Red Sox-Yankees Game 3 was more embarrassment than classic
Posted: Sunday October 17, 2004 2:44AM; Updated: Sunday October 17, 2004 2:44AM
Bronson Arroyo got the ball rolling by allowing six runs over just two innings.
BOSTON -- On the baseball beauty scale, Saturday's American League Championship Series game between the Yankees and Red Sox ranks right there alongside Roseanne's screechy rendition of the national anthem in San Diego in 1990, Pete Rose's 1970s hairdo, Randy Johnson's Seattle mullet, the beanball that hit Tony Conigliaro in 1967, Juan Marichal with a bat, Frank Francisco with a chair, strikes and/or lockouts (your pick), the entire 1962 Mets' season, the smell in the visiting clubhouse at Fenway Park and any game that Bob Uecker ever played.
Game 3 of the ALCS was not a championship game in any perverted definition of the word. This was Devil Rays-Yankees in the Rays' first season out of the box. This was the Brewers when the Brewers were really bad.
This was a flat-out embarrassment for Major League Baseball, the Red Sox, the city of Boston and the entire baseball-loving nation. Especially the entire Red Sox Nation.
"I don't know why it happened the way it happened tonight," said Boston's Tim Wakefield, who was supposed to be the starter in Game 4 on Sunday, until he had to do emergency relief duty in Saturday's debacle.
"You saw what they did to us," Red Sox manager Terry Francona said.
"It's not good," Boston center fielder Johnny Damon said after the game -- about a half-dozen times.
What the Yankees did to the Red Sox in Game 3 was almost unspeakable. It was darn near obscene. They should have placed a parental lock on the broadcast of this game. When the DVD hits the stores, a label should be attached.
WARNING! EXPLICITLY BAD BASEBALL INCLUDED!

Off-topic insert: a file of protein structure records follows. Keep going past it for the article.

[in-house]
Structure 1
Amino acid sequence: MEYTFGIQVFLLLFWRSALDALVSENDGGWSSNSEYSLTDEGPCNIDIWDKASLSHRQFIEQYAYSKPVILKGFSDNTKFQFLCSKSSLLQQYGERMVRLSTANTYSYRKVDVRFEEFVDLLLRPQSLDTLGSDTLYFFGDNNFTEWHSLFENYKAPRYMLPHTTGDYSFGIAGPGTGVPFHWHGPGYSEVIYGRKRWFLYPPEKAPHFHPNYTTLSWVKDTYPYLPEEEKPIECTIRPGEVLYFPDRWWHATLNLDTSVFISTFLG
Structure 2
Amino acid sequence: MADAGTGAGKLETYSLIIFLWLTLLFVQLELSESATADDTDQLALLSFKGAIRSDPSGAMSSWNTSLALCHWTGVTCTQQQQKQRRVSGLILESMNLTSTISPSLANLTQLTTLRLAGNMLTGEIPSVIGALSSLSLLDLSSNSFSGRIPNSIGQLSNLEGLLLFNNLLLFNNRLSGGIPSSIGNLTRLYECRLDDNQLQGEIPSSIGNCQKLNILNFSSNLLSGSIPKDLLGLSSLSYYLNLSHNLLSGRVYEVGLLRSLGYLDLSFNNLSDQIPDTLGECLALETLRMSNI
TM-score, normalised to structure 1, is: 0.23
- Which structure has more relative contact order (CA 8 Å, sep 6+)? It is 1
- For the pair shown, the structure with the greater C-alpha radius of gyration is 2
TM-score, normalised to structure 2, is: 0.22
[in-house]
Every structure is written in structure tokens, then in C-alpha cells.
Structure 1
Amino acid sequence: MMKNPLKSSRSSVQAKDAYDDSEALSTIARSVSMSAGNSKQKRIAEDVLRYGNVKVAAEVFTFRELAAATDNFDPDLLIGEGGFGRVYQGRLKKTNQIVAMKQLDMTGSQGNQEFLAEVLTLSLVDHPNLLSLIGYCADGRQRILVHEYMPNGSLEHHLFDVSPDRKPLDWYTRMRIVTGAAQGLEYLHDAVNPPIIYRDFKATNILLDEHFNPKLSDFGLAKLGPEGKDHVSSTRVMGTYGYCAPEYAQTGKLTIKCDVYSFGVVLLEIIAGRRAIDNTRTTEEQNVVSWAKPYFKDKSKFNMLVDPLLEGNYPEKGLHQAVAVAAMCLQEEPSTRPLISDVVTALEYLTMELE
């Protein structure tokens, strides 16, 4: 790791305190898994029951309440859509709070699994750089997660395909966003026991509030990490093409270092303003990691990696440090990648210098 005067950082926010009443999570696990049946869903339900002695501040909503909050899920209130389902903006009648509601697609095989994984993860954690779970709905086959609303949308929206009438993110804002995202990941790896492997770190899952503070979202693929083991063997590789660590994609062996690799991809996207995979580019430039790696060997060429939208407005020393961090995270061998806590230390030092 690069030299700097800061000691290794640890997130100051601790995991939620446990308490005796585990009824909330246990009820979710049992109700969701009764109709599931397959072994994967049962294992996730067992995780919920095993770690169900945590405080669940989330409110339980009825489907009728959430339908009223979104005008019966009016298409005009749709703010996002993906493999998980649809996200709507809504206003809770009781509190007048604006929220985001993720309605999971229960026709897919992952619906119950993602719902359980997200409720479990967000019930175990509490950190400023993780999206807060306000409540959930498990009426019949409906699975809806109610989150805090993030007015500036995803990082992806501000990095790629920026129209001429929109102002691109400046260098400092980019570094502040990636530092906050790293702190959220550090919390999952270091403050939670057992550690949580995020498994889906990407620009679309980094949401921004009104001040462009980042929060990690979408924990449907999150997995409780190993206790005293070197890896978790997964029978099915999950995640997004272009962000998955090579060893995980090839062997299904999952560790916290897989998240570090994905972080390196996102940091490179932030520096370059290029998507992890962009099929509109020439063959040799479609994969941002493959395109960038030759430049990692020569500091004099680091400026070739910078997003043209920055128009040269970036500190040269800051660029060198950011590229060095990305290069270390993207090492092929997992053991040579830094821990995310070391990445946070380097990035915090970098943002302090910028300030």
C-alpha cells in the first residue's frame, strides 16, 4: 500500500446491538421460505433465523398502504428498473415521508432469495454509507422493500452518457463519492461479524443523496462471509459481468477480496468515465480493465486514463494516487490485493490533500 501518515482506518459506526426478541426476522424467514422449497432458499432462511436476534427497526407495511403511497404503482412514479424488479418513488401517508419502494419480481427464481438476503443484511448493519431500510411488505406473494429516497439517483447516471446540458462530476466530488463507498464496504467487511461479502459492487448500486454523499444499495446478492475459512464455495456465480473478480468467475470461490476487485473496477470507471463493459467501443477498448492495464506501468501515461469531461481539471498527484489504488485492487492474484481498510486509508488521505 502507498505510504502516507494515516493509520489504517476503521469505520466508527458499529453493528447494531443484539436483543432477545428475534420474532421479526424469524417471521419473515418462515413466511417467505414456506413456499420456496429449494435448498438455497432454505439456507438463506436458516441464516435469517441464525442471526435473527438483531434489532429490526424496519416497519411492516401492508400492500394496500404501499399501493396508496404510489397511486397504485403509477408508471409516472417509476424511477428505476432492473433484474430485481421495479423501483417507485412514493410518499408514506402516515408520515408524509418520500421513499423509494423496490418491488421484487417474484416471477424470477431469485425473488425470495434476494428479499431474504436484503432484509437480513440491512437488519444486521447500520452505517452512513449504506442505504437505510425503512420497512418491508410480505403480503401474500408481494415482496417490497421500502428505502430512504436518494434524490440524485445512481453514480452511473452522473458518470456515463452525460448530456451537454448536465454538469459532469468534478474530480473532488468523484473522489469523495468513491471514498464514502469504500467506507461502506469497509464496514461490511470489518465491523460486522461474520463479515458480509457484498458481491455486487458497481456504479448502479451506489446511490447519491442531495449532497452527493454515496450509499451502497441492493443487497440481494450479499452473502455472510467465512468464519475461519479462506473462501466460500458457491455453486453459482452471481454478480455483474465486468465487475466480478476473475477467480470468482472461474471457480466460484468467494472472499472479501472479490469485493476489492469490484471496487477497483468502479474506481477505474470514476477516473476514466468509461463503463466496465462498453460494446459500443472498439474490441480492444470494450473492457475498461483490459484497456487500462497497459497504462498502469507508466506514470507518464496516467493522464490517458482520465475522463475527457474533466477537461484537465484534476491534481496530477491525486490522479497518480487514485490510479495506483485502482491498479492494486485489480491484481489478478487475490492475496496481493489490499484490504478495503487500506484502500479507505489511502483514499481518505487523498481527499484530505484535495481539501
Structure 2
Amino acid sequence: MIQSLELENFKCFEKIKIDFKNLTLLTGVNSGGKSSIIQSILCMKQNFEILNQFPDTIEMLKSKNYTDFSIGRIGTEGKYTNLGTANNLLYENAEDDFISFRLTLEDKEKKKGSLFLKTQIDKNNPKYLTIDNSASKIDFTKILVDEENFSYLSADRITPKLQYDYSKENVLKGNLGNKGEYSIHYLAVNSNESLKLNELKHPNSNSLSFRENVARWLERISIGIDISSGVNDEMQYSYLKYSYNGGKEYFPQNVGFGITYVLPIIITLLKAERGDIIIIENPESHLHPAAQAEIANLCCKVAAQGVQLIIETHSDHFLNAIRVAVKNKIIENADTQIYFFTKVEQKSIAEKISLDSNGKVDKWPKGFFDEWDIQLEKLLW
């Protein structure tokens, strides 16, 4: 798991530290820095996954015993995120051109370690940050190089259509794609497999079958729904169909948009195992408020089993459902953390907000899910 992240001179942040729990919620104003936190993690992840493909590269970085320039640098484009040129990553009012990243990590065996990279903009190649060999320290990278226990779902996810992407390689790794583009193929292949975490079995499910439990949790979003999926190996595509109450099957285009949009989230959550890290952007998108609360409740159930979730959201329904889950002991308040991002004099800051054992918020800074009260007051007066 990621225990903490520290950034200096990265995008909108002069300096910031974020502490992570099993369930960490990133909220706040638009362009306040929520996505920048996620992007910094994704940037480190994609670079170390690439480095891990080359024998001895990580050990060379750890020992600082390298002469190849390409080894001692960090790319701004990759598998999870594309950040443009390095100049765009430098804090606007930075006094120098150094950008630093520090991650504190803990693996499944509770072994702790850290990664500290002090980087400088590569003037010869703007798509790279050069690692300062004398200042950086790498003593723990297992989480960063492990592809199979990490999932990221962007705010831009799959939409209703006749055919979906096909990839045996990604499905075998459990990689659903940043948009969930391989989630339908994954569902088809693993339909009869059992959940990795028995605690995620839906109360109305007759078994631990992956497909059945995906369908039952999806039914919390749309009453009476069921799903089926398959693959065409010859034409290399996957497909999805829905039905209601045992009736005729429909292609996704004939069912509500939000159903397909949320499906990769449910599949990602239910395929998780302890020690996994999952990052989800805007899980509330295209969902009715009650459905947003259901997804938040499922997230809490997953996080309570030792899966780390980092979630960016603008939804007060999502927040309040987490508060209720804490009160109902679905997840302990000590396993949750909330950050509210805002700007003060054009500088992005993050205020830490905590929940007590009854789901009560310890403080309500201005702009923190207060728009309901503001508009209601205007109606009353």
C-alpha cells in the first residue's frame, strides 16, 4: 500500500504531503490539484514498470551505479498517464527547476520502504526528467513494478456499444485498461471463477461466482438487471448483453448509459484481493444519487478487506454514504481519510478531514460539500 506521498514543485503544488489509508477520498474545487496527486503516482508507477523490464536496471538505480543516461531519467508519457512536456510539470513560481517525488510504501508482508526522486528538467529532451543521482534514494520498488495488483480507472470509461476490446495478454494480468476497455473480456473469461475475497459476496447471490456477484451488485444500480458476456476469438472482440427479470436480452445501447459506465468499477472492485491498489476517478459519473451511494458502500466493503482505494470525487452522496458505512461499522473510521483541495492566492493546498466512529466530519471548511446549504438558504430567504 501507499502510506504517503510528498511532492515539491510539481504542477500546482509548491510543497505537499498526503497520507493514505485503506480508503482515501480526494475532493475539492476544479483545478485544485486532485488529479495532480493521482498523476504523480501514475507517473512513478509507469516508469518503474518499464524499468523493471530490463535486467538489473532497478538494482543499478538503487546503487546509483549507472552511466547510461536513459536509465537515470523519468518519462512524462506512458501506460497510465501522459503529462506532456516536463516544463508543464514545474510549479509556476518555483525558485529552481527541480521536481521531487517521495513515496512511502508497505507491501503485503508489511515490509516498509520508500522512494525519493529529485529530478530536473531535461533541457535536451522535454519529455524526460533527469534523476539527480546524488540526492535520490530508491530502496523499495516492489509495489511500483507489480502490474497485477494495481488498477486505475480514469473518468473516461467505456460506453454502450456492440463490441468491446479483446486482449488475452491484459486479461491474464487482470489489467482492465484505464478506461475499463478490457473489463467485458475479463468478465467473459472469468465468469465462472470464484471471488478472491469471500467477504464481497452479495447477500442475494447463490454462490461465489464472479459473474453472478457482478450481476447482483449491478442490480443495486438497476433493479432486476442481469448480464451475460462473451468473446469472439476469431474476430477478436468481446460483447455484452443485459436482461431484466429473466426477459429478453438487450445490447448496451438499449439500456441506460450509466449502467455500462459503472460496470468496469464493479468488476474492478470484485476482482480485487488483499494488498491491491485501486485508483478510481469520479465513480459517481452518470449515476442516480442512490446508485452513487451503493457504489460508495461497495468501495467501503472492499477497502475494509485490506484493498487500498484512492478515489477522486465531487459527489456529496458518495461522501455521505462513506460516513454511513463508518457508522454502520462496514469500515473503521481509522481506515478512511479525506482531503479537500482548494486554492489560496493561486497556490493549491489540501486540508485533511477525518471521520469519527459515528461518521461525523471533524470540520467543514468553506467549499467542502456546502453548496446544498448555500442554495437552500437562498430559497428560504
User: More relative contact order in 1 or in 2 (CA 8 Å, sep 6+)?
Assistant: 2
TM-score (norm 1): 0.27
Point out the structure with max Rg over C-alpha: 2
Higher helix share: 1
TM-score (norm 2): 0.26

What do you say about a game -- a supposedly championship game, remember -- that ends, 19-8? How can you defend a game as anything close to good that includes more runs than have ever been scored in a League Championship Series game?
How can you possibly explain away a game with more hits (37) than any postseason game ever? Any World Series game, any League Championship game, any Division Series game. Ever!
That the pitching was ... well, bad? Well, yeah. Neither starting pitcher lasted an out into the third inning. Boston starter Bronson Arroyo's first 30 pitches resulted in one out.
Ten pitchers climbed onto the mound at Fenway Park on Saturday to throw a total of 412 pitches in a game that lasted four hours and 20 minutes, the longest (and, without a doubt, the most painful) postseason game in the history of baseball.
The Yankees had a reliever (Javier Vazquez) who went 4 1/3 innings in relief, threw 96 pitches, gave up seven hits and four runs, including a homer -- and they raved about him afterward.
The Red Sox had a reliever (Wakefield) who pitched 3 1/3 innings and gave up five runs and may be due a raise. "When we win [Sunday]," Francona said, "we'll have Wake to thank for that."
The Red Sox pitchers -- if that's what you want to call them -- made the top of the Yankees' order look like the middle of the best lineup ever assembled. The Yankees are good, for sure. But Alex Rodriguez, Hideki Matsui and Gary Sheffield went 16-for-22 (.727) with four homers, 15 RBIs and 14 runs scored. That's not supposed to happen. Ever.
Bad doesn't begin to explain this pitching. This kind of pitching gives pitching a bad name. This kind of pitching gives Little League pitching a bad name.
It was ugly with a capital "Ugh," from the very start. The first 3 ½ innings took two hours and 10 minutes to play.
Maybe the worst part about this steaming pile of so-called baseball is that it was so unexpected. The Yankees and Red Sox are supposed to put on postseason classics, like they did last season. These two teams, clearly, were the best in the AL. Many people actually gave the long-suffering Sox a chance to break through against the Yankees and move on to the World Series.
Instead, we get a poorly pitched, poorly played game, a 3-0 lead for the Yankees in this best-of-seven and the distinct possibility that the New Yorkers will complete the sweep when Game 4 is played here Sunday night.
"We were thinking this was our series for the taking. We felt like we would be up 3-0 at this point," Damon said.